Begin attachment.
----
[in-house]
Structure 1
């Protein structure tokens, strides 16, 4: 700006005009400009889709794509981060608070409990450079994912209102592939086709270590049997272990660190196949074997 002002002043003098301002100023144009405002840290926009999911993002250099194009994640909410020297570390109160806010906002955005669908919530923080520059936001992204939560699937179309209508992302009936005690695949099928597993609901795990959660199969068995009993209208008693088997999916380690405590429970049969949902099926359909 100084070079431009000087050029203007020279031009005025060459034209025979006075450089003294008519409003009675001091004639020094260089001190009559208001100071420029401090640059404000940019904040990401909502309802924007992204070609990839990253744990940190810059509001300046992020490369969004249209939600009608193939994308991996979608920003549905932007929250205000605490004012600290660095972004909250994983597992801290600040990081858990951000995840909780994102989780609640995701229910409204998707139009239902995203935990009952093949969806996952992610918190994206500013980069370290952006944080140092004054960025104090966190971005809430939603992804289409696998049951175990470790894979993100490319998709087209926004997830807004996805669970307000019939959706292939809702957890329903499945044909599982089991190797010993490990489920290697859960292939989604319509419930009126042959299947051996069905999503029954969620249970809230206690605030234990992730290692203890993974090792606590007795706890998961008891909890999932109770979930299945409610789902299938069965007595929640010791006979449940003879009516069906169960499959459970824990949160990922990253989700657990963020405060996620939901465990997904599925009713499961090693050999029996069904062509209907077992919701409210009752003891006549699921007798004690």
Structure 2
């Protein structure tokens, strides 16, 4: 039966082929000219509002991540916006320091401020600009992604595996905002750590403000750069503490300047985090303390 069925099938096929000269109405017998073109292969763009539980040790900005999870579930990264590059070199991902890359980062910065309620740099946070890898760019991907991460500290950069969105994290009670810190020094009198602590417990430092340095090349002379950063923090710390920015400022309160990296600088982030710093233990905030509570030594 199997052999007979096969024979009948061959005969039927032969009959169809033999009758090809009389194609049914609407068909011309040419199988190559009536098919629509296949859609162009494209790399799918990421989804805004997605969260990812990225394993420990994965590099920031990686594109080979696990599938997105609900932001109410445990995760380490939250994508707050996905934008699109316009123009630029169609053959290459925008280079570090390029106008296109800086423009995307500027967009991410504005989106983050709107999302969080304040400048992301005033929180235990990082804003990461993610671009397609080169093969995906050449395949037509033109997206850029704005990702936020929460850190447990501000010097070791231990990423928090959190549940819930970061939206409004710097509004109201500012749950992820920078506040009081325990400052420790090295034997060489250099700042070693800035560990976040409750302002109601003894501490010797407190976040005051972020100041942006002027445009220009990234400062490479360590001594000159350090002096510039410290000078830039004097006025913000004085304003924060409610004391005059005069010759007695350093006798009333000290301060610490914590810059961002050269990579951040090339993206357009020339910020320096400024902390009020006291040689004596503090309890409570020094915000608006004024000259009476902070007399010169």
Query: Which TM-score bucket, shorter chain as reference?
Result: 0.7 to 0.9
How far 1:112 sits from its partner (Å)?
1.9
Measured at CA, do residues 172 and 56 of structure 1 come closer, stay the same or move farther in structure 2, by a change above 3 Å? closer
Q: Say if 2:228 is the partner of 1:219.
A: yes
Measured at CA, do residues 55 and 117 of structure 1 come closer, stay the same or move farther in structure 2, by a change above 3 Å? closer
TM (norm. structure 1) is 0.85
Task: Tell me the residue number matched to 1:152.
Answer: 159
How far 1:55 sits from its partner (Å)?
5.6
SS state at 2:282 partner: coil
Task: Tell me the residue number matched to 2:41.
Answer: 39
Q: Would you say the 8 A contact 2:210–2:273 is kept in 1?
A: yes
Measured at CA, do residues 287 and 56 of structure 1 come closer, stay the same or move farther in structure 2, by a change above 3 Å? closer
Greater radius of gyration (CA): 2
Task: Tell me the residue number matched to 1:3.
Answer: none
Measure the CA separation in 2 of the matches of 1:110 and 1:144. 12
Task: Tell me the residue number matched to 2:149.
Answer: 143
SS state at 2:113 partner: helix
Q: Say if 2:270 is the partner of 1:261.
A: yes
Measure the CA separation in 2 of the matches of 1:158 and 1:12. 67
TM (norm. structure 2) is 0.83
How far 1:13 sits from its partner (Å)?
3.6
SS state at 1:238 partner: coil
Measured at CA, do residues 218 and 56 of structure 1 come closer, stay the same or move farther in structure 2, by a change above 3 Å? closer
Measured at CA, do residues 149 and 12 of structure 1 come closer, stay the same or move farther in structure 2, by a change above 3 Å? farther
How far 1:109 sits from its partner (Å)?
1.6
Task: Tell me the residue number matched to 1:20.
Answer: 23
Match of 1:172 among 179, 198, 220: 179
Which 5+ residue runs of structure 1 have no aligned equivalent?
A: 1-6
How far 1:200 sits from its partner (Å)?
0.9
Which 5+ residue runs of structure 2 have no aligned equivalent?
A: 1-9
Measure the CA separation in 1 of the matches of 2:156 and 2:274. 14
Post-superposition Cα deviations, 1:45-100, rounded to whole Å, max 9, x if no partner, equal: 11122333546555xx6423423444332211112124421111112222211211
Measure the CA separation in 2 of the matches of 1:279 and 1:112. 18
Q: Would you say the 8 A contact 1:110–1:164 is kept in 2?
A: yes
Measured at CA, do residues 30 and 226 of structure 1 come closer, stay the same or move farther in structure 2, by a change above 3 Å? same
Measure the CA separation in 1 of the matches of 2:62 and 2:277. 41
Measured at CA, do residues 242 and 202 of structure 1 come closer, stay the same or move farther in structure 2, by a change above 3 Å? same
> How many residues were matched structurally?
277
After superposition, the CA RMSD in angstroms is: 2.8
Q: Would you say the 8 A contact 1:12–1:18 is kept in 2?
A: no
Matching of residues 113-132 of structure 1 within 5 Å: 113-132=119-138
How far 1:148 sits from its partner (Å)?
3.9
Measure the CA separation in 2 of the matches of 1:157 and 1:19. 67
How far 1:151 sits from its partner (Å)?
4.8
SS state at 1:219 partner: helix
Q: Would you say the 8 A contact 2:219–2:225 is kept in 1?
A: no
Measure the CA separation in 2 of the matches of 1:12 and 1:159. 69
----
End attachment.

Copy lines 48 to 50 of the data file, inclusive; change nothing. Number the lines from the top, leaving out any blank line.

How far 1:200 sits from its partner (Å)?
0.9
Which 5+ residue runs of structure 2 have no aligned equivalent?